Friday, January 25, 2008
I’d like to title this film – How to kill an interesting plot!
To write anything about suspense thriller means giving away the suspense. But then, believe me, when you’ll come to know of the suspense, you’ll be disappointed anyways.
The film is based on a runaway telugu low budget hit film that was shot in 90 days and went on to win many awards for best screenplay and best actress. The film was “Anukokunda Oka Roju” and was appreciated a lot. Go to mouthshut dot com and you’ll understand what I am saying.
I don’t know what they have changed in the hindi version but the hindi version seemed like a bland cocktail where the ingredients are right but may be the quantity is not.
Sahar (Ayesha Takia), a dubbing artiste, goes to attend a wild party on a Saturday and wakes up Monday morning. Almost two-three days later, she comes to know that she has missed a Sunday. That means almost till Wednesday, she was thinking that everything is fine. Her best friend Ritu (Anjana Sukhani) also doesn’t ask her any question like – why did you leave the club without telling me? Or what did you do on Sunday? She doesn’t receive any missed calls or messages that Sunday that’d tell her that she has indeed missed a day. It takes many goons and an accidentally recorded conversation to make her realize that.
Then there’s a corrupt cop Rajvir (Ajay Devgan), a cabbie (Arshad Warsi), a struggling actor (Irfan Khan) and many others who are suppose to provide one missing clue, one missing link. And then suddenly, almost like magic, the case is solved. A case about missing twenty eight hours had to be much more interesting and eventful.
Few scenes evoke laughter but those are the scenes you’ve already seen in the trailers running on all channels. Action sequences do not engage you either. Characters are ill-baked and their presence uncalled for. I felt the problem lies in the screenplay which doesn’t try to tie any loose ends. The bigger problem lies with the direction which was all stylization and no substance.
Ayesha looks pretty and does what the role demands. Ajay Devgan is okay. Anjana Sukhani is just there. Arshad and Irfan are really good and only saving grace. But alas, even they fail to save.
Irfan and Arshad provide you with few gags but that can’t be a good reason to watch this film in the theatre. There is show on filmy called “Meri bhains ko anda kyon mara” which shows comedy scenes from films. You’ll soon see the Arshad-Irfan scenes from Sunday in this program. So wait till then and spend your weekend money on some other film.
Thursday, January 17, 2008
Reviews had already started pouring in and the comments were not at all positive. But the idea of watching a film in a recliner chair for seventy bucks, ten in the morning, is that however bad the film might turn out, you’ll still like it.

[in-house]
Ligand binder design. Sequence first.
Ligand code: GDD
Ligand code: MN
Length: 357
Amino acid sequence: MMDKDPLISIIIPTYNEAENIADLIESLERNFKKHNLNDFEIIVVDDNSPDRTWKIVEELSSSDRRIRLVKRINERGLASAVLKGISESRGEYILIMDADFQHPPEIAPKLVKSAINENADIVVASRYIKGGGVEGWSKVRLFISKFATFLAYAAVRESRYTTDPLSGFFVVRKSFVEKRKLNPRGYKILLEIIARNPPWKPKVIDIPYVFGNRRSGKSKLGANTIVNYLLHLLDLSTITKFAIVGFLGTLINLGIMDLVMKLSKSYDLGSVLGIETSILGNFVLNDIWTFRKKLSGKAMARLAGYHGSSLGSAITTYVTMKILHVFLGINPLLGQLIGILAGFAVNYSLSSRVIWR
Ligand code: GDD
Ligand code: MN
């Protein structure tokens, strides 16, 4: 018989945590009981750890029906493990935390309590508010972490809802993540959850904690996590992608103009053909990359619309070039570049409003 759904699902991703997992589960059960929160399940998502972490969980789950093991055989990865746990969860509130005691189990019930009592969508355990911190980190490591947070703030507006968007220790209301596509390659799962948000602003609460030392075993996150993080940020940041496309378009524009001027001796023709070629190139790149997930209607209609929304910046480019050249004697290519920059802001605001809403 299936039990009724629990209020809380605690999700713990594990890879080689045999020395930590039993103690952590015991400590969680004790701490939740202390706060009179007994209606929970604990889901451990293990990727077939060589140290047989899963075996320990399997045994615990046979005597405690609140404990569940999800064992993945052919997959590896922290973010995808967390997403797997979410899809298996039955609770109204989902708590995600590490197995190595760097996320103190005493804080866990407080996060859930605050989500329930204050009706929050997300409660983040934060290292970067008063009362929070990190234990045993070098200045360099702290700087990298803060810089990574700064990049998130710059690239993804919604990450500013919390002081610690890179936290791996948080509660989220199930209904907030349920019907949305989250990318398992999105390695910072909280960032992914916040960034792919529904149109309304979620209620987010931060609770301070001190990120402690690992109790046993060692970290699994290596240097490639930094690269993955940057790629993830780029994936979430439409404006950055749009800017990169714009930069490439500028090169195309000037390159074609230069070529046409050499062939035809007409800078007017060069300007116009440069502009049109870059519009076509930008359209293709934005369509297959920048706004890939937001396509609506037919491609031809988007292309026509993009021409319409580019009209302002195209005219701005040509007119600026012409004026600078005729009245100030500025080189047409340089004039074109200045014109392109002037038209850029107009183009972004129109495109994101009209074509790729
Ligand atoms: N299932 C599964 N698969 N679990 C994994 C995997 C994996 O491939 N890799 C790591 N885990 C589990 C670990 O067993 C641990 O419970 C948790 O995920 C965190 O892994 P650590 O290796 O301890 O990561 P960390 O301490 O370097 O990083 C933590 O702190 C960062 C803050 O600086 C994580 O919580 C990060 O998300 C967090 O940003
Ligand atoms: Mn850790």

So, there I was ready to watch E-Niwas’s My Name is Anthony Gonsalves. The film was predictable and full of clichés right from the word GO. Now, I have seen GO too, but I am still trying to erase that terrible experience from my memory. Coming back to MNIAG, what really bothered me was the lethargic pace. I have generally liked E-Niwas’s work – I’ve seen Shool, Love ke liye kuchh bhi karega and Bardaasht. But MNIAG was not what I expected from him.
It starts off as story about a bartender who wants to become an actor. Then you come to know that he is mentored by a gangster. Then you come to know that he was brought up by a padre. Then he sees a girl in the cemetry and falls in love with her. Then he finds her as an assistant director in a production house. Then he sees his mentor trying to dump a body. Then he fights with his consciousness about sticking to truth or being loyal to his mentor. In between he overhears his mentor’s sidekicks plotting against the mentor and then draws comparision with the story of Julius Caesar for which he is auditioning. Just when you thought, the plot cannnot get any thicker, the film resolves by itself and ends on a happy note. So well, that’s all I can tell you about the storyline.
Several taps were opened like the Julius Caesar comparison, Saurabh Shukla angle, and several characters that come and act as if they are so important to the main story-line. But most of these taps are not closed and the film ends.
Nikihil Dwivedi is certainly not what you’d call “new kid on the block”. He has been presented as the next star but doesn’t work. In the bar song, when everyone cheers for Anthony to perform, you expect him to break into an amazing dance jig; but instead, you see him rapping in few successive wide shots. And then at the end of the song, you have people appreciating his “dance”. Whom are we trying to fool?
Amrita Rao, a pretty face with nothing to do. Lillete Dubey in a role that any junior artiste could have done.
It feels sad to see actors like Anupam Kher and Pawan Malhotra in good but badly executed roles. The storyline was good and am sure the film could have been much much better. I guess, Mithun’s judo in the climax was the only “paisa-wasool” thing. A scriptwriter friend of mine felt that “Apun Mumbai to kya, bandra chhod ke bhi nahi jayega” was also a paisa-wasool line.
All said and done, the film was neither in the category of meaningful cinema nor an entertainer. It was something that made me realize that a 2-hour film can also seem like a really really long film.